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Home > English site > Articles > Prevent Open Event
Deze pagina in het Nederlands

Preventing auto_open and Workbook_Open events from running

Introduction

As a fulltime developer I oftentimes open files containing VBA and want to be able to run code. At the same time I sometimes want to prevent Workbook_Open event code or an Auto_Open macro from running. This little article shows you how to achieve that.

Why would you want to do this? Typically, I use this on my own files in which I am still developing. The Open event might contain code that takes a while to run, or configures the project in a way which I don't want to happen when I start working with the file.

If the file you opened using the methods described below contains other event handlers, note that these event handlers will remain disabled until you start a macro manually (by clicking a command button or a menu entry) or if a User Defined function in your code has been called.

I do not recommend using this method to open files from sources you do not know or trust. The VBA code can contain events which will eventually run and possibly cause trouble.

Excel 2010, 2013, 2016

Macro security set to low or trusted document

If you have set your macro security to "Enable All Macros" or you have already set the document to trusted or the document is in a trusted folder, click File, Open, select your file and hold down the shift key when you click the Open button:

Selecting the file from the File, Open dialog

Fig. 1: Selecting the file from the File, Open dialog (Excel 2010, 2013, 2016)

Of course your file might be listed in the Most Recently Used files (MRU) list.  In that case, hold shift when you click the file in the list:

Clicking the file on the MRU

Fig. 2: Clicking the file on the MRU (Excel 2010)

Doing so will prevent the Workbook_Open event from firing and the Auto_Open macro from running.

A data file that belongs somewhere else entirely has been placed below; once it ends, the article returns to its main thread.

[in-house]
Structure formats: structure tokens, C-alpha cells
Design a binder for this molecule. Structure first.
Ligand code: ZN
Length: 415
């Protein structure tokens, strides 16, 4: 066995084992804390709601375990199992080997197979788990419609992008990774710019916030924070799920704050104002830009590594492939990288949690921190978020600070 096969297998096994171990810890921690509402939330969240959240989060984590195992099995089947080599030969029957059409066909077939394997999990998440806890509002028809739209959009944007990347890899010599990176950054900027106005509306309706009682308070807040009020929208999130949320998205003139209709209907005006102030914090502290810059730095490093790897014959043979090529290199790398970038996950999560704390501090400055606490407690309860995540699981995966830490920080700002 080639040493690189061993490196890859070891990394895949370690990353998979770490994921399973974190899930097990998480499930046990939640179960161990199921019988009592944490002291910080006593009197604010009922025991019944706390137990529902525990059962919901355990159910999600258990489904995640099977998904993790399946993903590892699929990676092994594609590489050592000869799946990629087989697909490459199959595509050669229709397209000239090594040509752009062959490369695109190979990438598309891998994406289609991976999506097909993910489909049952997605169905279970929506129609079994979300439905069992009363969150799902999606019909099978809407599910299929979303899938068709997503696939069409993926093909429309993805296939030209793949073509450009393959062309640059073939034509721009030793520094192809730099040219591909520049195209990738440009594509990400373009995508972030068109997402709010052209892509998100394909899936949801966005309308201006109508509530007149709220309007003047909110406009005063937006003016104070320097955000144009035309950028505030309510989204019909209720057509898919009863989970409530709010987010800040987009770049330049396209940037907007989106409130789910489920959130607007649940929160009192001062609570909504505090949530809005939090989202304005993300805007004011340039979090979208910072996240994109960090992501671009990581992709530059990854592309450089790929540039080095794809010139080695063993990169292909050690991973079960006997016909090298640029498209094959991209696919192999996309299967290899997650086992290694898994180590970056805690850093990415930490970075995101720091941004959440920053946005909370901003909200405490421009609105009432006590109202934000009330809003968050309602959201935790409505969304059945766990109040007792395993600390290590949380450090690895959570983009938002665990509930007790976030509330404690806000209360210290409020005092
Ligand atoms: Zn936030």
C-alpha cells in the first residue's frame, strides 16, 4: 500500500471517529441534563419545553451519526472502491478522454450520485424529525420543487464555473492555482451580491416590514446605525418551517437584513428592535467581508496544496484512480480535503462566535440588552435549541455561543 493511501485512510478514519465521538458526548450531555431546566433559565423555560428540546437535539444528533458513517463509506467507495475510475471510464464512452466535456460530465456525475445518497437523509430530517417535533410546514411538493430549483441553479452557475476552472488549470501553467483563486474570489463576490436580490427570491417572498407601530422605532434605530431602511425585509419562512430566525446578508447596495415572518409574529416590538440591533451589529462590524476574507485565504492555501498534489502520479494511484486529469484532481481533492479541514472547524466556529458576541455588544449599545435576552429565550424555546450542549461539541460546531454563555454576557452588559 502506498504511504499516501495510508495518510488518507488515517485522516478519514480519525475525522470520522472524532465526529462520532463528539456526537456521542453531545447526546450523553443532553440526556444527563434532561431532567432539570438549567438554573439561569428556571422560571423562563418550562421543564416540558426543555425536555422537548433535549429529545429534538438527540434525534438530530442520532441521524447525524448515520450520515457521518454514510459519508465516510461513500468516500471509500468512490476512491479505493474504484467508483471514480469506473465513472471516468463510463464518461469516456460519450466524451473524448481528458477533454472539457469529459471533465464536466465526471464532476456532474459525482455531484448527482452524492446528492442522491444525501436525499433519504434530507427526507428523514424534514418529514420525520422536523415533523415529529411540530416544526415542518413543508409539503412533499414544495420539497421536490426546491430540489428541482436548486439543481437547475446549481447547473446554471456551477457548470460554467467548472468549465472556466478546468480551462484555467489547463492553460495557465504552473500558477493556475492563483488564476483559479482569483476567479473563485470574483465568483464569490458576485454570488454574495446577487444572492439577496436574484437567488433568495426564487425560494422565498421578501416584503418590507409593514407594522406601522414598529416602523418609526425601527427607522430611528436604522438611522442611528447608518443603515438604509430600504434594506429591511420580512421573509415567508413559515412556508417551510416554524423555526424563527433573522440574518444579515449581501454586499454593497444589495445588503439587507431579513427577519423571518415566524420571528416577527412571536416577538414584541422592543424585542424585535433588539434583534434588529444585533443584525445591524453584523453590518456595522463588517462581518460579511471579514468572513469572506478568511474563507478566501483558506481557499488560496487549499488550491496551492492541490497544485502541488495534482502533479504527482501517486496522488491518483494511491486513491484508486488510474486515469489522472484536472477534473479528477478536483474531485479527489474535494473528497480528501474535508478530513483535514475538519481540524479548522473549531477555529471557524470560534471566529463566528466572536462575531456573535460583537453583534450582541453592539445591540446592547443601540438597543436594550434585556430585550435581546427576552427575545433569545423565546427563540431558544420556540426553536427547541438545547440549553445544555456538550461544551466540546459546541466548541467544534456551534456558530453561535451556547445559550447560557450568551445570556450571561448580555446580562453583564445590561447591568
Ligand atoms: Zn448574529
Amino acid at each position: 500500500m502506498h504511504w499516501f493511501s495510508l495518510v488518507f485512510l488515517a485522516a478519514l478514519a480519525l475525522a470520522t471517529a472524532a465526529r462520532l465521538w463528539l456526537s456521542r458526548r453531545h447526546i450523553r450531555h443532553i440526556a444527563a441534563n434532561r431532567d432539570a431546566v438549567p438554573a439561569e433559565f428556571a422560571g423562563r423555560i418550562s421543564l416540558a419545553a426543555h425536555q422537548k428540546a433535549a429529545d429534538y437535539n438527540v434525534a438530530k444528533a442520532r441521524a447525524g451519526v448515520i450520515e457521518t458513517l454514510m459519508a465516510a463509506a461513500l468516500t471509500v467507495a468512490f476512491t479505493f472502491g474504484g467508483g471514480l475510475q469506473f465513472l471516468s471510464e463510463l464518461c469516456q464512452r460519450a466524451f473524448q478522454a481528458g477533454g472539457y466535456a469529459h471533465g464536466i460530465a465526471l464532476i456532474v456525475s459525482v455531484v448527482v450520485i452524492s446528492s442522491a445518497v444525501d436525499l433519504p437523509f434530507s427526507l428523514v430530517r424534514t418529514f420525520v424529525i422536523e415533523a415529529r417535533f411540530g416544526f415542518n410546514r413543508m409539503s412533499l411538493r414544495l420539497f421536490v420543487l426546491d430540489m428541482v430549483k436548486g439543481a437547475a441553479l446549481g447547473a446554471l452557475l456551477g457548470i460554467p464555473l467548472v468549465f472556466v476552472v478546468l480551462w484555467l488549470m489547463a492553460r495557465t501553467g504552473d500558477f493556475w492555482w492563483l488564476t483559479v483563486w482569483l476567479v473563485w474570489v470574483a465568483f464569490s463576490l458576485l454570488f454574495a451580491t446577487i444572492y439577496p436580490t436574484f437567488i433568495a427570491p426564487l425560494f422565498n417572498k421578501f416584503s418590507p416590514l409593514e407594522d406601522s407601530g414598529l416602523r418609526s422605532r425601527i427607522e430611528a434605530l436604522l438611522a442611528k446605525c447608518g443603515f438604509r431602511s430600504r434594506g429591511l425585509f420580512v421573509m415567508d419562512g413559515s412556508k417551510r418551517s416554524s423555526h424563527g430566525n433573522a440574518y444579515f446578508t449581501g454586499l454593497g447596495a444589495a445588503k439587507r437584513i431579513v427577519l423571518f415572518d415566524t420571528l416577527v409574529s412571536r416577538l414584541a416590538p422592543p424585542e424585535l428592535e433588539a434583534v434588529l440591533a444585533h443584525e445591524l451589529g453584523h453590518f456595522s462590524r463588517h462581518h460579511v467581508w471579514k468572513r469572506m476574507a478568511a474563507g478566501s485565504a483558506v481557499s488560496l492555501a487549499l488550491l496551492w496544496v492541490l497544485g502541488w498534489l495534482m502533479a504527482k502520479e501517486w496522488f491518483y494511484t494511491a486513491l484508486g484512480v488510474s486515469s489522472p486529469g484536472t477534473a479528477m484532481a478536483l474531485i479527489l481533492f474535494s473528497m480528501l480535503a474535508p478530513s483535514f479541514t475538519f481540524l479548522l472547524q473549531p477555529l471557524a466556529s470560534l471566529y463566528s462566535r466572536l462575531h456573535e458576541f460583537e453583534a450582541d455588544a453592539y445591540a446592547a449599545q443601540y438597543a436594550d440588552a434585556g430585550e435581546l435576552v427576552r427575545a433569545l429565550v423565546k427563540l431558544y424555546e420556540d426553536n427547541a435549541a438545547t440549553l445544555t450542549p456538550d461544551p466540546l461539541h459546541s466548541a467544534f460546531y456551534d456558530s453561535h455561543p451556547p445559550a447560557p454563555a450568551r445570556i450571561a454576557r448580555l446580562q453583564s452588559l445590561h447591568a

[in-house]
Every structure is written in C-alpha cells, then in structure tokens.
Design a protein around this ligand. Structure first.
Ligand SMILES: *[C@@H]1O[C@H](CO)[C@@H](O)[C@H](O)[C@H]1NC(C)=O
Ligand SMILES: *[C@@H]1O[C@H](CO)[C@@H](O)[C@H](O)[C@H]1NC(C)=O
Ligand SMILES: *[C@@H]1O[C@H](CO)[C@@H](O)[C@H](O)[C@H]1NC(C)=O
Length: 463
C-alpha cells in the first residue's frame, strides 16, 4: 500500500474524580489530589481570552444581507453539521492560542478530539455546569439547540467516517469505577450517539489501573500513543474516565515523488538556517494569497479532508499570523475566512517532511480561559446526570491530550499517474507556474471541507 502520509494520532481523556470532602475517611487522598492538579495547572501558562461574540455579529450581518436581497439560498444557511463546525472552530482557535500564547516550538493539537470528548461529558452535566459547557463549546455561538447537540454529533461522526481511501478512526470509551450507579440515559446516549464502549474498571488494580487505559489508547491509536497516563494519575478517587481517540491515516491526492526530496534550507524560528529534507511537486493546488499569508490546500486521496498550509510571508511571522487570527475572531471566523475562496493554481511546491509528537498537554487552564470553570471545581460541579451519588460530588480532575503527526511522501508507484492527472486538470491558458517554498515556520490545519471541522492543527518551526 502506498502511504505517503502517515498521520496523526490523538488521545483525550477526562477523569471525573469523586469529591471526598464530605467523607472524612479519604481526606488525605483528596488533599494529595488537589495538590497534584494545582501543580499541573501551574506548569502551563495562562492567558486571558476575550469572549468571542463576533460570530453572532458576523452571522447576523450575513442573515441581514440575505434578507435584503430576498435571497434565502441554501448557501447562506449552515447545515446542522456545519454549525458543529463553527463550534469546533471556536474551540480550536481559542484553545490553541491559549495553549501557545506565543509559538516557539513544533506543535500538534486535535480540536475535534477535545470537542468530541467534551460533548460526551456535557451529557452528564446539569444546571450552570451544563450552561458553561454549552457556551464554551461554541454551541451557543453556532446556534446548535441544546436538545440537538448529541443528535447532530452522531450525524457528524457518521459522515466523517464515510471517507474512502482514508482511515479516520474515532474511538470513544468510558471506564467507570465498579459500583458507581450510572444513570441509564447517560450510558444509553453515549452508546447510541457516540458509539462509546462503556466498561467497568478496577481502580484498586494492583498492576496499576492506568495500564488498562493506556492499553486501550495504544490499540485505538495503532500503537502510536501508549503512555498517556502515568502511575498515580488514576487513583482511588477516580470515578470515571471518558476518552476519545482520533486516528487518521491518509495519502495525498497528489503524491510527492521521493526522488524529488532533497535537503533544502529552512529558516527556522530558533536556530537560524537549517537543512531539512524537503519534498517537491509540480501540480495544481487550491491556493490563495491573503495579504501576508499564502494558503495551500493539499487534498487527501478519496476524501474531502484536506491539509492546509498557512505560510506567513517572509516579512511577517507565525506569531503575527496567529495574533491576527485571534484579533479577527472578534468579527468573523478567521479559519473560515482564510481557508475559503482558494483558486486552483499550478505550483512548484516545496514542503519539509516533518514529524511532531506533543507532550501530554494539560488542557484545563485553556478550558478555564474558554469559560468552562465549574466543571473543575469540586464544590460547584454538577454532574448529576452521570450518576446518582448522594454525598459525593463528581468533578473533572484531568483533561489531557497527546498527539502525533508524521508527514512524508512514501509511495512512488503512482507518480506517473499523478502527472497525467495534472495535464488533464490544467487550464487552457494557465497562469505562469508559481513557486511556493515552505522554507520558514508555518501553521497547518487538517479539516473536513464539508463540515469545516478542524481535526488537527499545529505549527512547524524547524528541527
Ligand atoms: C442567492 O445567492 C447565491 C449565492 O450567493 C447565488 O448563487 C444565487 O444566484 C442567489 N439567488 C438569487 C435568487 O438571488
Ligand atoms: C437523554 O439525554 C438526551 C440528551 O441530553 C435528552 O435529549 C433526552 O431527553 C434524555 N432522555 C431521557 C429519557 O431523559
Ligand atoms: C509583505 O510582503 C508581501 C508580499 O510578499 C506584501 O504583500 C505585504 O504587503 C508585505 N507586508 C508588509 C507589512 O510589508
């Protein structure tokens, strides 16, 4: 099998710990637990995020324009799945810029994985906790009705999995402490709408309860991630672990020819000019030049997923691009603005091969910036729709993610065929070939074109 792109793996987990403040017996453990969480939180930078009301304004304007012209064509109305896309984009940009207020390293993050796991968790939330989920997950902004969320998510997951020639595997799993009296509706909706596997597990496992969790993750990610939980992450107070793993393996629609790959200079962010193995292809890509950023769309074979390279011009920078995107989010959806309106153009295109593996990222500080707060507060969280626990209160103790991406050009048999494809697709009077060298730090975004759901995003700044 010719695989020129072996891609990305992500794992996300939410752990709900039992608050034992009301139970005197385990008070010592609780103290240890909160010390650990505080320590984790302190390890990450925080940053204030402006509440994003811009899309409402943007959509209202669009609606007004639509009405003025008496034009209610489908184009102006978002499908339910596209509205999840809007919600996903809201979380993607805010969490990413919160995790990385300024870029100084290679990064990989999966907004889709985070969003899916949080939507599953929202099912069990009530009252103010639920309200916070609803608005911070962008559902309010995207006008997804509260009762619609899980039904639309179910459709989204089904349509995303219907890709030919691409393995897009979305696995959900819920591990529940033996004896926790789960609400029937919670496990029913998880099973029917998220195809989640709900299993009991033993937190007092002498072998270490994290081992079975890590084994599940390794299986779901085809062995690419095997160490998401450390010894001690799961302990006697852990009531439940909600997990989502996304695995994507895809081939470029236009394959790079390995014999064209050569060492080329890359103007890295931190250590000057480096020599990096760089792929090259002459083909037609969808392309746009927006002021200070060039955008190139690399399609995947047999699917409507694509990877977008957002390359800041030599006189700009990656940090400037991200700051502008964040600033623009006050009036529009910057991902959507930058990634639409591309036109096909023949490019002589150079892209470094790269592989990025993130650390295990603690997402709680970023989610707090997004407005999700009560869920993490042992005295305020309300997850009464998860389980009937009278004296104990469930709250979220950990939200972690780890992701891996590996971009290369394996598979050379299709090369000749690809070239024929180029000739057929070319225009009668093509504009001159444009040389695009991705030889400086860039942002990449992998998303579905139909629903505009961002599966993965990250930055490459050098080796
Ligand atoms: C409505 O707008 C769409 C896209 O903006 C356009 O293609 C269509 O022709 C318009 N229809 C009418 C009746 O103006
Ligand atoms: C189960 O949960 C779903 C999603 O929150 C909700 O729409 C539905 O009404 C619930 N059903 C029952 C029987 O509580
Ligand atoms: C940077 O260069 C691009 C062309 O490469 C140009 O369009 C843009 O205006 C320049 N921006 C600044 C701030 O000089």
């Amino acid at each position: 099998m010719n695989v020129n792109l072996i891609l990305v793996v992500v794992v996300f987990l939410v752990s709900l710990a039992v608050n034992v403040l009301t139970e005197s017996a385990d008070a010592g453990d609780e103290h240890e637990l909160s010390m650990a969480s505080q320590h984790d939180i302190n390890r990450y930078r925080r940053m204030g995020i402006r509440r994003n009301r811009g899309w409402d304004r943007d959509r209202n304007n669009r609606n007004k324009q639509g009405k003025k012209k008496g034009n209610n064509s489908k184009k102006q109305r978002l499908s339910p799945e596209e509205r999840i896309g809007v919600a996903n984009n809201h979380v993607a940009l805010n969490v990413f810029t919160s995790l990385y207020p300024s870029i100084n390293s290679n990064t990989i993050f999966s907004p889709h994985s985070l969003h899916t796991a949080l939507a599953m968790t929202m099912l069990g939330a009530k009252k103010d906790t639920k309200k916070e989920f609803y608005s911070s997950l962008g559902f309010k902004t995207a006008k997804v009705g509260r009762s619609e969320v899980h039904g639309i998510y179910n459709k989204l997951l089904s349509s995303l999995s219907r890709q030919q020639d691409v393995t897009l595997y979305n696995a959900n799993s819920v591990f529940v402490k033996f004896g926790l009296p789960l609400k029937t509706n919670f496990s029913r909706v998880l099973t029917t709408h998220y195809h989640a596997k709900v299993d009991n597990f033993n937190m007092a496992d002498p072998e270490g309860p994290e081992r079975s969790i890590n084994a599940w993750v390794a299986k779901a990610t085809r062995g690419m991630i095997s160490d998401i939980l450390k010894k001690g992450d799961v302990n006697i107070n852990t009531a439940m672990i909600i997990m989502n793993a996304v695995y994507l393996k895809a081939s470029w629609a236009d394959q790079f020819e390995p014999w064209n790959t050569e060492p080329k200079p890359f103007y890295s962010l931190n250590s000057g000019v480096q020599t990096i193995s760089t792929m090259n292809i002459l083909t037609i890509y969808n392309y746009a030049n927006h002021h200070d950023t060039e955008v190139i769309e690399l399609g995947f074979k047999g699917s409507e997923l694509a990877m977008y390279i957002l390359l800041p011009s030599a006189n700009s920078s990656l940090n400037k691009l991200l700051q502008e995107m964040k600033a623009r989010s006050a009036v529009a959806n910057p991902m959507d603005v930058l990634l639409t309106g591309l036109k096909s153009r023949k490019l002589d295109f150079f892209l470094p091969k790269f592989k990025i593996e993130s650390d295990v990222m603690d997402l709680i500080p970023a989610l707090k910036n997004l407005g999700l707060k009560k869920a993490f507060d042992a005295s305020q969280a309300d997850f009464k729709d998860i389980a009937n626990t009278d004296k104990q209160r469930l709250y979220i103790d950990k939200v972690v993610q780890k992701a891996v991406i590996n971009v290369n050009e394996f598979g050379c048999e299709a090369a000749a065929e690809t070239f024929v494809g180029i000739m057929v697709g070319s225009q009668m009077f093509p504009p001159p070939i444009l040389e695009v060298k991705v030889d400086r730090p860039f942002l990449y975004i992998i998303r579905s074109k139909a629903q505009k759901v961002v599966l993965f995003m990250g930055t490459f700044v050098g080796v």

Macro security set to prompt

If your document is not in a trusted folder, has never been set to be trusted and macro security is set to something other than enable all macros to run, you can repeat what I've shown above.

Normally, if you open such a document, Excel will show the security bar. In this situation however, due to you holding down shift, Excel shows this window:

Enable macros dialog

fig 3: Enable macros dialog (Excel 2010)

Because you held down the shift button when you clicked the file in the MRU or when you clicked the Open button, you can now just click "Enable macros" and no Automacros will run.

Excel 2007 and up

Macro security set to low or trusted document

Note that this seems to fail if the trusted folder is on a network share!

If you have set your macro security to "Enable All Macros" or you have already set the document to trusted or the document is in a trusted folder, click File, Open, select your file and hold down the shift key when you click the Open button:

Selecting the file from the File, Open dialog

Fig. 4: Selecting the file from the File, Open dialog (Excel 2007 and up)

Of course your file might be listed in the Most Recently Used files (MRU) list.  In that case, hold shift when you click the file in the list:

Clicking the file on the MRU

Fig. 2: Clicking the file on the MRU (Excel 2007 and  up)

Doing so will prevent the Workbook_Open event from firing and the Auto_Open macro from running.

Macro security set to prompt

If your document is not in a trusted folder, has never been set to be trusted and macro security is set to something other than enable all macros to run, you can repeat what I've shown above.